In total, then, Pinchuk is facing a new bill for lawyers, payable in advance, of about £70 million ($115 million). Admissions in December by his Interpipe executives, plus investigations of loss-making insurance business in Russia, suggest Pinchuk doesn’t have this money. According to banking sources in London, he cannot borrow it. If put up for sale and discounted for the circumstances, personal assets like Pinchuk’s collection of Damien Hirst artwork ($50 million), his motor yacht Oneness ($25 million), and his London home (£80 million) may add up to the requirement. However, his bank and bond creditors believe they should have first call in the event Interpipe faces a court-ordered liquidation.

Sources close to the debt negotiations with Pinchuk say he is barred from making fresh pledges if they already secure earlier credits and past-due debts. The committee includes SACE, ING of the Netherlands, Commerzbank of Germany, and Royal Bank of Scotland (RBS). The sources say Pinchuk has already pledged his business assets, and must raise cash against personal assets to prevent loss-making Interpipe from trading while insolvent. The record of Pinchuk’s serial defaults has been made available by lawyers acting for claimants against Pinchuk in the courts of Ukraine and Russia, along with sources close to the international banks and bondholders to whom Pinchuk has been in default since last November.

Last week a London-based Deutsche Bank unit, which acts as the trustee for $200 million in Eurobonds issued by Pinchuk’s Interpipe, announced that one of the bondholders has formally applied for full repayment, or failing that, for bankruptcy and liquidation. According to the notice from Deutsche Trustee Company in London, “Kelsey Investing Limited as holders of Notes…have requested that the Trustee declare the Notes immediately due and payable.”

justice_fieldUntil last week the argument at the High Court hearing on December 19, and the evidence submitted by the two sides, had been kept under wraps by Justice Field (right) “to protect,” he now says, “the confidentiality of the information that is at the heart of the case.”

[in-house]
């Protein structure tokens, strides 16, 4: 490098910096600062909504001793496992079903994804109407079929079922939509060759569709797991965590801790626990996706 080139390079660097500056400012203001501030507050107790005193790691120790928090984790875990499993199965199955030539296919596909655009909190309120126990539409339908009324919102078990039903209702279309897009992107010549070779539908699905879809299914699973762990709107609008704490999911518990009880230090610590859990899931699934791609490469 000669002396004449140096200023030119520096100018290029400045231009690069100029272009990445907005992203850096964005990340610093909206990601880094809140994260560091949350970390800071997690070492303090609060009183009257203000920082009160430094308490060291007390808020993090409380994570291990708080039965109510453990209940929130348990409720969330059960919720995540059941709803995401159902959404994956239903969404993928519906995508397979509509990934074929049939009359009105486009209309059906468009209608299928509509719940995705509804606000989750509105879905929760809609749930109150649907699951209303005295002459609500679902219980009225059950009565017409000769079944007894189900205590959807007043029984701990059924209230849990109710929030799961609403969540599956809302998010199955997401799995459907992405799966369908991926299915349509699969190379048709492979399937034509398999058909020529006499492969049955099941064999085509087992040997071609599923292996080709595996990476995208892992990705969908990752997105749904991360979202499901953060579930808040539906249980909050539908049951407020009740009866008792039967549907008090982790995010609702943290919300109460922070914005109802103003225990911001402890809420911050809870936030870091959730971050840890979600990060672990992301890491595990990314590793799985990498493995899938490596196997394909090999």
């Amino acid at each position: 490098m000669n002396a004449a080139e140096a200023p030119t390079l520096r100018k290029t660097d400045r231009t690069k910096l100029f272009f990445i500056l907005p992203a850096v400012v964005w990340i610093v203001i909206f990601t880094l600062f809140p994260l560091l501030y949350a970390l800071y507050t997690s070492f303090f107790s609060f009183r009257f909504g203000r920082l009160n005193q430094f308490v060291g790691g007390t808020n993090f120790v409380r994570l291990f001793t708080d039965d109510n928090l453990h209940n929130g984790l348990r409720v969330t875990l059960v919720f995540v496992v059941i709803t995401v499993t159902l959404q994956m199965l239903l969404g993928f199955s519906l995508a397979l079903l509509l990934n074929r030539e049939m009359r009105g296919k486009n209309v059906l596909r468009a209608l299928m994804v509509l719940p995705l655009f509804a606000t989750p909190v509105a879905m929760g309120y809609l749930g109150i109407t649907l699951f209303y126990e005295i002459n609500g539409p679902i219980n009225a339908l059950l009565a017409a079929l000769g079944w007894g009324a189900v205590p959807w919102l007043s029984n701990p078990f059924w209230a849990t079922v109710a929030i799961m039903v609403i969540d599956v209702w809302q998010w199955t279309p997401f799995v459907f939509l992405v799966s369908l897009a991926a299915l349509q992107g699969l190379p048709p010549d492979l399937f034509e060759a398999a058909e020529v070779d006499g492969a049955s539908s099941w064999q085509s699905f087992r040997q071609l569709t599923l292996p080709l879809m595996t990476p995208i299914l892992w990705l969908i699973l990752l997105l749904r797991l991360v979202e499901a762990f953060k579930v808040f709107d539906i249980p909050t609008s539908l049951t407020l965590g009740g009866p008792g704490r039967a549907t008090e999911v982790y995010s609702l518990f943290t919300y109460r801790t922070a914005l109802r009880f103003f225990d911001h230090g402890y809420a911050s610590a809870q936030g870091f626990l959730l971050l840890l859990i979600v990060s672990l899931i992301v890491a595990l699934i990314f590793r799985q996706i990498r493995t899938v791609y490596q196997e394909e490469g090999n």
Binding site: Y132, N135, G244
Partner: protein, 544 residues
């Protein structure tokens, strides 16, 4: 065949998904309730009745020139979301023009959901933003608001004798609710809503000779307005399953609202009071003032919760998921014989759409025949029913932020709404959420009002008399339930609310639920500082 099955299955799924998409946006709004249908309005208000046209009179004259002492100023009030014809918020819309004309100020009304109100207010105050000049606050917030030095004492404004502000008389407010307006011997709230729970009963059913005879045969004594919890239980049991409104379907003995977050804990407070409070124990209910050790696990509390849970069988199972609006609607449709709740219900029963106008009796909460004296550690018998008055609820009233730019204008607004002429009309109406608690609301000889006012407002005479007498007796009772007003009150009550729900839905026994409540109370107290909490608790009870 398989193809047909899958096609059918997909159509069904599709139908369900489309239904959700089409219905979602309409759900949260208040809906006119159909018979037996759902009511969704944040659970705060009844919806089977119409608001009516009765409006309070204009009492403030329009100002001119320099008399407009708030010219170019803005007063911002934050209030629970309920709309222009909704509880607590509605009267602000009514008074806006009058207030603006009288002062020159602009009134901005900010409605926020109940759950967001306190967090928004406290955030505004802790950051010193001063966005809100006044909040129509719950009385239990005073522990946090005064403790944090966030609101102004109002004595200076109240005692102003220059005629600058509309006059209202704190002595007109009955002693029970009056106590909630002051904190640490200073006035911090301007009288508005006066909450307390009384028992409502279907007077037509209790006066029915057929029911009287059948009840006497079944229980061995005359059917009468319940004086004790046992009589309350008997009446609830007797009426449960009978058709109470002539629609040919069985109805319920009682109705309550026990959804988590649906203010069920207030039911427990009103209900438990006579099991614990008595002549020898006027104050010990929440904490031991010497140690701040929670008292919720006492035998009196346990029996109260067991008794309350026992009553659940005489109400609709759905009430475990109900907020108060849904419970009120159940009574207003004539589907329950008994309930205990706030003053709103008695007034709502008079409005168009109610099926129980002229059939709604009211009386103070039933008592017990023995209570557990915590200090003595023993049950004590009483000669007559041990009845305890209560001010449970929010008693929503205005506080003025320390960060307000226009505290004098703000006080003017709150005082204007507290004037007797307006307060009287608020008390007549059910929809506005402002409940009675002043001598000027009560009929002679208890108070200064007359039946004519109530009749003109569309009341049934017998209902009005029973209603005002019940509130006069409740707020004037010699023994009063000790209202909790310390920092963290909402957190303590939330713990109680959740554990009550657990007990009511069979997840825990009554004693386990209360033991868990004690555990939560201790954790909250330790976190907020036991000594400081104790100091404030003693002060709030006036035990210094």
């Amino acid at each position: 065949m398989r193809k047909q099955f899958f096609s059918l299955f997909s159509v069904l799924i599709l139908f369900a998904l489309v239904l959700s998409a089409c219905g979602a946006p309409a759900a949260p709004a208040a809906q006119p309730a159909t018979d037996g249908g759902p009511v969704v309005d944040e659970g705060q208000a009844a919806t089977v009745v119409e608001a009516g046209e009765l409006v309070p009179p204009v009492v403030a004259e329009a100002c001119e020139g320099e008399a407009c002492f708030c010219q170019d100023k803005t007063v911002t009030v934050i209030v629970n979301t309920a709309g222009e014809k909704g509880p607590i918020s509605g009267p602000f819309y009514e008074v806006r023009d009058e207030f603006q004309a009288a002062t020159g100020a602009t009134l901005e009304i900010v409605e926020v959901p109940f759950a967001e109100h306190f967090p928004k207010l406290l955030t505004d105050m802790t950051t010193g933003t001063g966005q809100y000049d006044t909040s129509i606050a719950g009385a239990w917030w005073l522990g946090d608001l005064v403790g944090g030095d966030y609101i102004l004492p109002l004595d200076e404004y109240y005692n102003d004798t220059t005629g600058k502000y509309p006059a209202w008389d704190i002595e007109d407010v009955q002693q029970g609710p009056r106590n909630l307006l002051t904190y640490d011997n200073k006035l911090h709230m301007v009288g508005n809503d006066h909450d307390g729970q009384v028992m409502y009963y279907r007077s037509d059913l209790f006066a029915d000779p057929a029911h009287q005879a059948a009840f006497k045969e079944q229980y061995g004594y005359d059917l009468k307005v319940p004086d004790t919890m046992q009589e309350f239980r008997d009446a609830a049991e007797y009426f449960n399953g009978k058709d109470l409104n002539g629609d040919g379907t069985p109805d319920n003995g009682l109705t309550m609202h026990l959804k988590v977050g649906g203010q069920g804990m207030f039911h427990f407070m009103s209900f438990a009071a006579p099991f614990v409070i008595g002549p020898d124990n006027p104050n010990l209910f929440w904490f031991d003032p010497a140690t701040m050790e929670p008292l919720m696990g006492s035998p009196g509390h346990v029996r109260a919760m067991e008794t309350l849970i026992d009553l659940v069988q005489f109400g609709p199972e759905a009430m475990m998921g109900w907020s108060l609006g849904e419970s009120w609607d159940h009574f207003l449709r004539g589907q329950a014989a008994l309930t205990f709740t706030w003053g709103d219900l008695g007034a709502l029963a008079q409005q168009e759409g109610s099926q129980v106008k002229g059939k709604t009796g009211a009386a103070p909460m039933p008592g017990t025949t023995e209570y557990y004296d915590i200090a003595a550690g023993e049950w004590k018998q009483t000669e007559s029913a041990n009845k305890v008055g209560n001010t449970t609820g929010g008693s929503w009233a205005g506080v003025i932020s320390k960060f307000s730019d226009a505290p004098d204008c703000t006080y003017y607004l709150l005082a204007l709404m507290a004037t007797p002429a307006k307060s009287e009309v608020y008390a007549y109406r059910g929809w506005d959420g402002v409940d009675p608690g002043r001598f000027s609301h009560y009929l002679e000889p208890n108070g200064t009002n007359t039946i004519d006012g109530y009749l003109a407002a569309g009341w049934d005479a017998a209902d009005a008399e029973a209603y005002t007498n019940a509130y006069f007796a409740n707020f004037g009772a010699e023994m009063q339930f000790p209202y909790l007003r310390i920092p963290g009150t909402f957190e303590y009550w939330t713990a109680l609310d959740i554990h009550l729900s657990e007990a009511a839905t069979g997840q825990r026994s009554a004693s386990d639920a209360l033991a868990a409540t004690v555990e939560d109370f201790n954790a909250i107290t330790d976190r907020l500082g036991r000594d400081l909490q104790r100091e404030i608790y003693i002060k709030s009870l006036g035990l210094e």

That case is over who owns a Ukrainian iron-ore mining company called Krivorozhskiy Zhelezorudnyy Kombinat (KZhRK), which was privatized by the Ukrainian government in 2004 when Pinchuk’s father-in-law Leonid Kuchma was Ukraine’s president. The asset is now owned by Akhmetov. Between Kuchma’s favour and Akhmetov’s takeover, Pinchuk claims he paid for KZhRK, and that Kolomoisky and Bogolyubov cheated him. Pinchuk’s claims were filed in the commercial division of the High Court on March 12, 2013, as reported in detail here.

In their response, Kolomoisky and Bogolyubov deny reaching the oral agreements on which Pinchuk’s claims depend. They have also counter-claimed that Pinchuk ran a scheme of diverting operating business and asset payments into his own pocket, and into a slush fund for Kuchma’s political purposes. Their story and the court filings can be read here.

The latest High Court document reveals that Pinchuk is aiming to collect “not less than US $2 billion”.

The ruling by Justice Field reveals that in addition to his main High Court claim, Pinchuk has been paying his lawyers to run a parallel case against Kolomoisky and Bogolyubov in the London Court of International Arbitration (LCIA), which began at the start of August 2013. Until now that proceeding has been covered by the LCIA’s confidentiality rules. Last August the Pinchuk lawyers also opened a third court case in US federal district court in Miami, Florida, seeking orders to produce information by Florida-based companies belonging to Kolomoisky and Bogolyubov. Those orders have been appealed, and are presently blocked by the LCIA.

Altogether, according to the judge’s summary, Pinchuk has been paying White & Case for “149 individuals (88 lawyers and 61 secretarial or other support staff)… Of the 88 lawyers, 55 work or worked in the London office and further 21 were based in the Moscow office. The remaining 12 lawyers worked in New York (4); Washington (1); Miami (1); Paris (2); Singapore (2); Hong Kong (2).”

Witnesses from White & Case, plus technical evidence from the firm’s computers, assured Justice Field there had been no access to the confidential information by Goldberg or the other Pinchuk lawyers working with him on the High Court case. Field dismissed the evidence, ruling that it does “not preclude the possibility of oral disclosures. And as to the confirmations obtained in interview, the possibility remains that there has been inadvertent disclosure, or that disclosure may have escaped the memory.”

Regarding Goldberg’s conduct, the judge said; “I find it hard to see any good justification for it.”

“The issues raised in the judgment,” White & Case say in their response, “are very specific to the facts of this particular case and to the relationship between the parties involved, but we are considering whether any improvements to our policies and procedures can or should be made.”